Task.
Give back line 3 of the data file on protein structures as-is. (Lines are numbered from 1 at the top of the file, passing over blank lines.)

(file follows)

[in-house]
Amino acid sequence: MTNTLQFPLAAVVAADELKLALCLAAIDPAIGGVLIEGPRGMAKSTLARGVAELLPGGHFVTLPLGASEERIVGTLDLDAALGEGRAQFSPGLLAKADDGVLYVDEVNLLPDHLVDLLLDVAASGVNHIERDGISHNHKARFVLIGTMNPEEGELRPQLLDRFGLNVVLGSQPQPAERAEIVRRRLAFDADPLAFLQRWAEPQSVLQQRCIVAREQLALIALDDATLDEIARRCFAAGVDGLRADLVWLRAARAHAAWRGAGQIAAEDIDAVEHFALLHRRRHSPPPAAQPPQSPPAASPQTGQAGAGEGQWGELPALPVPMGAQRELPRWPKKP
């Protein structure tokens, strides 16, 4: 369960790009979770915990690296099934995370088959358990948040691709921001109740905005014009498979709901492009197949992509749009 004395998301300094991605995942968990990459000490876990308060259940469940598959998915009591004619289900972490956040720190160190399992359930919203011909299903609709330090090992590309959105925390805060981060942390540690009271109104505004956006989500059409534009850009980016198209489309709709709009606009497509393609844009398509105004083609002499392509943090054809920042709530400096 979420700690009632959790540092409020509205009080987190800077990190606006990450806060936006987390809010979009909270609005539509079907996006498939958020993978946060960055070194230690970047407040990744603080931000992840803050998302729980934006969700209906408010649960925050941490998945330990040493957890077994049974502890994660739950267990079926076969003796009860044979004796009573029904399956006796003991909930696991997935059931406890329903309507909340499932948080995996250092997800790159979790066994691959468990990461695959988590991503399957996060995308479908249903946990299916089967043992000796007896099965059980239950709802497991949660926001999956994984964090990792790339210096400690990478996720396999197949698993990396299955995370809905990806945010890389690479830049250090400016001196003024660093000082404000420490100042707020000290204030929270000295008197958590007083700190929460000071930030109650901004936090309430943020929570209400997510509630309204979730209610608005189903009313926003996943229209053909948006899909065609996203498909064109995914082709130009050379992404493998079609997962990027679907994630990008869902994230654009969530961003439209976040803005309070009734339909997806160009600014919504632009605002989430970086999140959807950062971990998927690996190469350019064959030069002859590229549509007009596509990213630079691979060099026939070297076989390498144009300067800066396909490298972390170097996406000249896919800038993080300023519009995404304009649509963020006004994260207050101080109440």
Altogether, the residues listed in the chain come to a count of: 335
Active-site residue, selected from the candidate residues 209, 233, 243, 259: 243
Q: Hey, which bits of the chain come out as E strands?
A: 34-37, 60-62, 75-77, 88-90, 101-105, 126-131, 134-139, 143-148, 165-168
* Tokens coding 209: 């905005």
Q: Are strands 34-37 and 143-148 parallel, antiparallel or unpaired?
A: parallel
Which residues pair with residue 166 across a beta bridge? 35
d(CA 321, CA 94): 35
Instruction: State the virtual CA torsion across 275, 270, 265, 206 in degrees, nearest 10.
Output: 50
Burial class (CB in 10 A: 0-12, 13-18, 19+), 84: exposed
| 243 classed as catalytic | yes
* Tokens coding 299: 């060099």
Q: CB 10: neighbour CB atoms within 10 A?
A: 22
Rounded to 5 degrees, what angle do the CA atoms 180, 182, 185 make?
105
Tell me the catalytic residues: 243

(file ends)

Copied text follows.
């Protein structure tokens, strides 16, 4: 369960790009979770915990690296099934995370088959358990948040691709921001109740905005014009498979709901492009197949992509749009 004395998301300094991605995942968990990459000490876990308060259940469940598959998915009591004619289900972490956040720190160190399992359930919203011909299903609709330090090992590309959105925390805060981060942390540690009271109104505004956006989500059409534009850009980016198209489309709709709009606009497509393609844009398509105004083609002499392509943090054809920042709530400096 979420700690009632959790540092409020509205009080987190800077990190606006990450806060936006987390809010979009909270609005539509079907996006498939958020993978946060960055070194230690970047407040990744603080931000992840803050998302729980934006969700209906408010649960925050941490998945330990040493957890077994049974502890994660739950267990079926076969003796009860044979004796009573029904399956006796003991909930696991997935059931406890329903309507909340499932948080995996250092997800790159979790066994691959468990990461695959988590991503399957996060995308479908249903946990299916089967043992000796007896099965059980239950709802497991949660926001999956994984964090990792790339210096400690990478996720396999197949698993990396299955995370809905990806945010890389690479830049250090400016001196003024660093000082404000420490100042707020000290204030929270000295008197958590007083700190929460000071930030109650901004936090309430943020929570209400997510509630309204979730209610608005189903009313926003996943229209053909948006899909065609996203498909064109995914082709130009050379992404493998079609997962990027679907994630990008869902994230654009969530961003439209976040803005309070009734339909997806160009600014919504632009605002989430970086999140959807950062971990998927690996190469350019064959030069002859590229549509007009596509990213630079691979060099026939070297076989390498144009300067800066396909490298972390170097996406000249896919800038993080300023519009995404304009649509963020006004994260207050101080109440």